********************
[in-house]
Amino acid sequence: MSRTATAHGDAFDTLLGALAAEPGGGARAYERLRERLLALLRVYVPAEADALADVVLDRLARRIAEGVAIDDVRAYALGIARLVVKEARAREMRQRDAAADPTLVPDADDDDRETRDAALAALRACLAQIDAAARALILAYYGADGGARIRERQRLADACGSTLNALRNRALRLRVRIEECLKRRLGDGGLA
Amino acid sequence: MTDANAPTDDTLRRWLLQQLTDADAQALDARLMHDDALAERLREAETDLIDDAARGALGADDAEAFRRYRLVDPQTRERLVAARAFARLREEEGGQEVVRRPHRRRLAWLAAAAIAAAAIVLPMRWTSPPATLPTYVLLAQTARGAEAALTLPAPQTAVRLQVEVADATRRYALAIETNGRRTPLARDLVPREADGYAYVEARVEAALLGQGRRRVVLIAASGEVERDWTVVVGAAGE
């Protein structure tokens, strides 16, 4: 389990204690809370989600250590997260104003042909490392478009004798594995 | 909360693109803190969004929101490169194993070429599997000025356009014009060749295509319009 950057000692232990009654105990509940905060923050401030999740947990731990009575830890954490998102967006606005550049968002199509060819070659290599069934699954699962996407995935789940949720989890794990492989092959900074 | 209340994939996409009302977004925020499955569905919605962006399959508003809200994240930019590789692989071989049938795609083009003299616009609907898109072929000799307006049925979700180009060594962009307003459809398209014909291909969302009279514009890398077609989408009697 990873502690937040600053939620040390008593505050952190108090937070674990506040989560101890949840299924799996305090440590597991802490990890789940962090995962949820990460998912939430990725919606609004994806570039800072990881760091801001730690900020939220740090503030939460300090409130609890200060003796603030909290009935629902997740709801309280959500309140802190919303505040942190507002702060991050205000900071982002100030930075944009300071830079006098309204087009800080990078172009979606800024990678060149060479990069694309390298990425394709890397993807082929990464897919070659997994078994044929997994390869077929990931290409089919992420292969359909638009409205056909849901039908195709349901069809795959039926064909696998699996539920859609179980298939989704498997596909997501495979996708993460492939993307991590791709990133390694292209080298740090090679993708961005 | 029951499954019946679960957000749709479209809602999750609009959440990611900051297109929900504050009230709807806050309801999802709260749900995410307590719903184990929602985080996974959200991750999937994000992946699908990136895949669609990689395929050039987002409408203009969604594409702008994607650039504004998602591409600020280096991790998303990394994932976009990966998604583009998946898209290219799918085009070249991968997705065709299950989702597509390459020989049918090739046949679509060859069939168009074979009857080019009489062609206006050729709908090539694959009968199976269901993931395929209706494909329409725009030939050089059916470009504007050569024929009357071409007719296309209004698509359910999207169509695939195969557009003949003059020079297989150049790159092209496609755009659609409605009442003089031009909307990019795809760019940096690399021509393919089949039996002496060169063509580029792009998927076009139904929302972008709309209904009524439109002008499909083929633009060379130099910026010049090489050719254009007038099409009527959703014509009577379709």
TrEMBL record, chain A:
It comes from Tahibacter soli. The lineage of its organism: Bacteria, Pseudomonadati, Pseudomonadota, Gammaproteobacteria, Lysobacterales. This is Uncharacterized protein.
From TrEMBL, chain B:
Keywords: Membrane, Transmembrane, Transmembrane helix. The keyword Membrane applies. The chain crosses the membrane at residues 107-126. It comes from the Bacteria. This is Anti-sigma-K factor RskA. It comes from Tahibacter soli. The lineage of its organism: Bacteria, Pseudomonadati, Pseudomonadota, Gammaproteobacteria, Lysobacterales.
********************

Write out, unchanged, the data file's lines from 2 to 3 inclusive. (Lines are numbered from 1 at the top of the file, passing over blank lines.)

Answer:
Amino acid sequence: MSRTATAHGDAFDTLLGALAAEPGGGARAYERLRERLLALLRVYVPAEADALADVVLDRLARRIAEGVAIDDVRAYALGIARLVVKEARAREMRQRDAAADPTLVPDADDDDRETRDAALAALRACLAQIDAAARALILAYYGADGGARIRERQRLADACGSTLNALRNRALRLRVRIEECLKRRLGDGGLA
Amino acid sequence: MTDANAPTDDTLRRWLLQQLTDADAQALDARLMHDDALAERLREAETDLIDDAARGALGADDAEAFRRYRLVDPQTRERLVAARAFARLREEEGGQEVVRRPHRRRLAWLAAAAIAAAAIVLPMRWTSPPATLPTYVLLAQTARGAEAALTLPAPQTAVRLQVEVADATRRYALAIETNGRRTPLARDLVPREADGYAYVEARVEAALLGQGRRRVVLIAASGEVERDWTVVVGAAGE